The CivicLab is a nonprofit incorporated in Illinois and was operated as a social venture by Benjamin Sugar and Tom Tresser. We do not have a formal nonprofit  501 c 3 status but we are members of the Institute for Nonprofit News (formally the Investigative News Network) and they are our fiscal agents. You can make a tax deductible contribution to the CivicLab via their PayPal site.

voqalWe have not vigorously engaged in fundraising so far and yet we have attracted an impressive roster of supports. We were sought out by the Voqal Foundation and were awarded a $23,000 operating grant which we are using to shore up or core operations and expand our programming. We received a $1,000 Opportunity Grant from MoveOn.org to publicize our TIF Illumination work. We received a $500 grant from The Crossroads Fund to help print TIF Illumination graphic posters. We received an in-kind gift of 4,000 full color 27th Ward TIF Illumination posters from the Institute for Policy and Civic Engagement at the University of Illinois at Chicago. We received a $800grant from Shareable to establish a citizen science tool kit lending library. The 27th Ward TIF poster was also printed and distributed in the March 2013 edition of AREA Chicago with a 5,000 copy print run.

In addition to the $24,000 seed funding from co-founders Sugar and Tresser, the CivicLab has received $1,300 in small donations from individual contributors. After the CivicLab closed its doors Tom Tresser’s investigative work received a $1,000 grant from the Crary Family Legacy Foundation.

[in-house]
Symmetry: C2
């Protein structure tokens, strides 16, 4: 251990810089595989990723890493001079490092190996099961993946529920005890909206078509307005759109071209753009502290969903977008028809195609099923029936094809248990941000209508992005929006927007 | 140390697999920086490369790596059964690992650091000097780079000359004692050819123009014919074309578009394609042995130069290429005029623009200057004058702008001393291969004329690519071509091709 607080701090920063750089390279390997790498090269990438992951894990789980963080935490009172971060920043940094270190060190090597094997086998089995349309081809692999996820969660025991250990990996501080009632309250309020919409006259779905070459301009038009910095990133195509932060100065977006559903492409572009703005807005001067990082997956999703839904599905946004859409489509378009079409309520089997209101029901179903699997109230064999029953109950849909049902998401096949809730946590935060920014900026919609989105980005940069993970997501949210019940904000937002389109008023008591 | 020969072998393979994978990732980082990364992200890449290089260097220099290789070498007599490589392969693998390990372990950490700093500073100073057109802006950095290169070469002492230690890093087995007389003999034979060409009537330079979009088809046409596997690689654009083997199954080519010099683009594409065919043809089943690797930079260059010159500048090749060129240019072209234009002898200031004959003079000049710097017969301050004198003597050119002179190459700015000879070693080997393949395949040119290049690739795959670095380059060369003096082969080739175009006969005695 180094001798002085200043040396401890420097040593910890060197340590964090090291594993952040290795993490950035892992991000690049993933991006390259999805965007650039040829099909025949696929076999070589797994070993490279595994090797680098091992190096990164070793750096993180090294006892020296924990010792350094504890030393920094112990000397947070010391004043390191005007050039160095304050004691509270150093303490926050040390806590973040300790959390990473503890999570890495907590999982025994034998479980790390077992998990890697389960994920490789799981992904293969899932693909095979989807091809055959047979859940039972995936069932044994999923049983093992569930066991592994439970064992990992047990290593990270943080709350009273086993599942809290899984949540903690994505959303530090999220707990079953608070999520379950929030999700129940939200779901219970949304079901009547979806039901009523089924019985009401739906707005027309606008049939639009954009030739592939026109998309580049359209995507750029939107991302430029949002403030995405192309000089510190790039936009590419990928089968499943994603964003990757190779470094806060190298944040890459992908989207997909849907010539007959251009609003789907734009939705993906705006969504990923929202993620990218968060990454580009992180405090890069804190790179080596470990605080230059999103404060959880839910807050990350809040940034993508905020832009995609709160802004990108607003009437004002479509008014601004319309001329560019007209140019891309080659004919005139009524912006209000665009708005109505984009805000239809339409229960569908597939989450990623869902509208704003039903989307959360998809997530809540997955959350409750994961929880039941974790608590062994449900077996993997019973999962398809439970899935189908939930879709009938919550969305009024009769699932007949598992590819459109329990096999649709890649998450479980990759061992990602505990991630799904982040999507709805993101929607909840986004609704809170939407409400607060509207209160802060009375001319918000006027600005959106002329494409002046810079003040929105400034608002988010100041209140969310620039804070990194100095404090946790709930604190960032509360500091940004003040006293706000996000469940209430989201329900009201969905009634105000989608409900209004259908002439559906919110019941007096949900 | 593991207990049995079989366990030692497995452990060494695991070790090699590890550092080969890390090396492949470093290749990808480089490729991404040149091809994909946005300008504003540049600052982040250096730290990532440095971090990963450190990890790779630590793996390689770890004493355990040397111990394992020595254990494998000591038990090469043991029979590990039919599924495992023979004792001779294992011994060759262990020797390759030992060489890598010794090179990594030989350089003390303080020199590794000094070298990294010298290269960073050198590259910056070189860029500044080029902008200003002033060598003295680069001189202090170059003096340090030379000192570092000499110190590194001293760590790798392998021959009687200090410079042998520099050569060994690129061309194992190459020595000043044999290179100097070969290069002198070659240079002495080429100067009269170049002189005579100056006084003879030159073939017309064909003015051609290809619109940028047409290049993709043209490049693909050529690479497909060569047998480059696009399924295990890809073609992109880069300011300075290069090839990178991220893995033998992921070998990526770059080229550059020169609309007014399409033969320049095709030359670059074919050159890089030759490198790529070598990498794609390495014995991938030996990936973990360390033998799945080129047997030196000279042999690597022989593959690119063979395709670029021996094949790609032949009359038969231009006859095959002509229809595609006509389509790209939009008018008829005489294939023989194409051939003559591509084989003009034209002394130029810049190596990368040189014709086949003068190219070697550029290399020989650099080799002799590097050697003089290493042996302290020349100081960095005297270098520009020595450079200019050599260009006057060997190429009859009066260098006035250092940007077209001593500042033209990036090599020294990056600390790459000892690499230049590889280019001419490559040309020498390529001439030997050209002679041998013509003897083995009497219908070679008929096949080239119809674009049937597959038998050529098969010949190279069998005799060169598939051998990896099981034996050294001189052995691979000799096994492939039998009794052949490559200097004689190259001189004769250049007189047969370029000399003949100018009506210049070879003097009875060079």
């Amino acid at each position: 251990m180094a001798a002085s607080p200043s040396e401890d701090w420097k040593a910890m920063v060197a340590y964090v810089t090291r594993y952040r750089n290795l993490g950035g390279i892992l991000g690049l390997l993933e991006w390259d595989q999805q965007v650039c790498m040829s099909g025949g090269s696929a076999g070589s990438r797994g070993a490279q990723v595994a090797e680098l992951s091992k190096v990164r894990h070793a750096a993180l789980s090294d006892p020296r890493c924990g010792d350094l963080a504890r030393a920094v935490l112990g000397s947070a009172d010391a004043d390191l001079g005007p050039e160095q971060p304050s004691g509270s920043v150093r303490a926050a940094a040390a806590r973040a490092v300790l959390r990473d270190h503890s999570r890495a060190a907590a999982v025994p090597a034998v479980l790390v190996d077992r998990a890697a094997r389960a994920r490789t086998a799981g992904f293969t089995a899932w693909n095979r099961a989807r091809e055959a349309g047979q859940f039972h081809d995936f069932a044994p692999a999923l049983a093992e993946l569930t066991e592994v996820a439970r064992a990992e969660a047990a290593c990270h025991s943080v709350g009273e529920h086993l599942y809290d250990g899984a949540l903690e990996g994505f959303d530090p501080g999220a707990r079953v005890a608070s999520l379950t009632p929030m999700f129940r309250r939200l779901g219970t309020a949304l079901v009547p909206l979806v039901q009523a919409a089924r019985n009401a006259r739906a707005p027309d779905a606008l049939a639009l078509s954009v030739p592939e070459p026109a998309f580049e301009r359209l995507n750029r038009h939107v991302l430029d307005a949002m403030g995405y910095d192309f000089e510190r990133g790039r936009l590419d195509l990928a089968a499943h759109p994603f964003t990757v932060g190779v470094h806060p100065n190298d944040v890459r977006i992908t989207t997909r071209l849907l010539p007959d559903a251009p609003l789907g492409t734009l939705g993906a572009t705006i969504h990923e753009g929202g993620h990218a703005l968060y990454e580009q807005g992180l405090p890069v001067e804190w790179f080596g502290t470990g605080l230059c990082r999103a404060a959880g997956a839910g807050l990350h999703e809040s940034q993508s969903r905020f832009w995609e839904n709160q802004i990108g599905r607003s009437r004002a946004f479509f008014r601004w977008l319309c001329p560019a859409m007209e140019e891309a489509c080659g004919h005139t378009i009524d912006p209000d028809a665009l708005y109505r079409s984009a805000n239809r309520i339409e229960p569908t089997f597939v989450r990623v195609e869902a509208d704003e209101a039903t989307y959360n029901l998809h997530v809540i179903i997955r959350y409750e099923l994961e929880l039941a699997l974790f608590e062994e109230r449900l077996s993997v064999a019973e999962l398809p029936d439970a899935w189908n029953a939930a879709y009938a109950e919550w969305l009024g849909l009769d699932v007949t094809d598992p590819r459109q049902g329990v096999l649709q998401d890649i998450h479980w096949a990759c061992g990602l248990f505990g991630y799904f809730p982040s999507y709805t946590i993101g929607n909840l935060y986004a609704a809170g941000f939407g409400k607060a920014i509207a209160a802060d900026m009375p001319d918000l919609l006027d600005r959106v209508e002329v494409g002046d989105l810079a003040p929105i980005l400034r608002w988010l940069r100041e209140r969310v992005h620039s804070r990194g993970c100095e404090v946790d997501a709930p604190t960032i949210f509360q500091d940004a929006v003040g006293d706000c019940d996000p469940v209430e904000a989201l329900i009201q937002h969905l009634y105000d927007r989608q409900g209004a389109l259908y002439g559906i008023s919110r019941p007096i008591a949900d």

In November 2014 we launched our first crowdfunding campaign to raise funds to produce short TIF training videos so we can place them online where people will access them at no charge.


The first two videos, “TIF 101” and “TIFs Off the Rails – Public Policy Problems With TIFs” have been produced thanks to 120 donors! Thanks to Professor Rachel Weber of the University of Illinois at Chicago and Cook County Clerk David Orr for appearing in our first video. And thanks to Professor Richard Dye, Professor Stephanie Farmer and community leader Doris Brooks for appearing in the second.

TIF 101 title screenTIFs Off The Rails





One of the goals of our community building effort at the CivicLab is to increase organizational capacity for groups engaged in social change, social justice, civic engagement, public policy and community improvement efforts. We provide a low-cost home and a platform for collaboration and innovation. We do this via planned serendipity.



The CivicLab has become a resource for organizations across Chicago, and, indeed across the world! Here are a few of the organizations we have helped, counseled and consulted to:

  • Groups that have sponsored TIF Illuminations: TIF Alliance, Logan Square Neighborhood Association, South Side Alliance, 19th Ward Parents Coalition, West Rogers Park Neighborhood Association, The River North Commission, Emanuel Congregation Social Justice Committee, ONE Northside, Jane Addams School of Social Work, MoveOn Chicago Council, Residents Association of Greater Englewood (RAGE), Latinos Progresando, Washington Park Chamber of Commerce
  • Nine candidates for alderman in Chicago’s 2015 elections hosted TIF Illuminations and two candidates for mayor sought us out for advice on community development